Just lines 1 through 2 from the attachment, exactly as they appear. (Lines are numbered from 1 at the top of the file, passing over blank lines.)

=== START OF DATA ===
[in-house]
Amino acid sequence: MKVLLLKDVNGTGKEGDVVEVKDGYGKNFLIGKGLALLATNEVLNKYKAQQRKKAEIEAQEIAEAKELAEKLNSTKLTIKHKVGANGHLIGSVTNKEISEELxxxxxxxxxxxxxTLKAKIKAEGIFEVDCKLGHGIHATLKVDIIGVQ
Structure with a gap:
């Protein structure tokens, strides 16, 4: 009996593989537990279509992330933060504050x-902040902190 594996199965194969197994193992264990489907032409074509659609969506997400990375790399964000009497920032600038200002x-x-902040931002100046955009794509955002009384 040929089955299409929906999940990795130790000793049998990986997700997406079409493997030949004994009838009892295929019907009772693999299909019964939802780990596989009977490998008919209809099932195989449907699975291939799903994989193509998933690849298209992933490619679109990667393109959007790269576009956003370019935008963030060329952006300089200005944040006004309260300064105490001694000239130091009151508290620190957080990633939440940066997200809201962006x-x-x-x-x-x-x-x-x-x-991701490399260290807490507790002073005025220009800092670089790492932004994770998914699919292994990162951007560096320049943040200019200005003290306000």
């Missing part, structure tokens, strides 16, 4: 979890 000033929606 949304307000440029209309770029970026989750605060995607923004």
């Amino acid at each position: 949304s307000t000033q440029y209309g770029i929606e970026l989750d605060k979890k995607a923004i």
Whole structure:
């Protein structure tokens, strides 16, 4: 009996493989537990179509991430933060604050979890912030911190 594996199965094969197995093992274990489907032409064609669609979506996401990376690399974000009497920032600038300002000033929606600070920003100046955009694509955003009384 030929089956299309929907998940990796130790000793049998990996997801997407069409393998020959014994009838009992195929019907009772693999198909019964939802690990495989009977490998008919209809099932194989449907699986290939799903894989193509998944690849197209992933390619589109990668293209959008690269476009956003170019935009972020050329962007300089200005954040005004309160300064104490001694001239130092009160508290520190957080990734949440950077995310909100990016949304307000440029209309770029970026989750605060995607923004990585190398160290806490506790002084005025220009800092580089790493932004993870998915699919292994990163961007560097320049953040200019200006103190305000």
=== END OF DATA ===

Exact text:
[in-house]
Amino acid sequence: MKVLLLKDVNGTGKEGDVVEVKDGYGKNFLIGKGLALLATNEVLNKYKAQQRKKAEIEAQEIAEAKELAEKLNSTKLTIKHKVGANGHLIGSVTNKEISEELxxxxxxxxxxxxxTLKAKIKAEGIFEVDCKLGHGIHATLKVDIIGVQ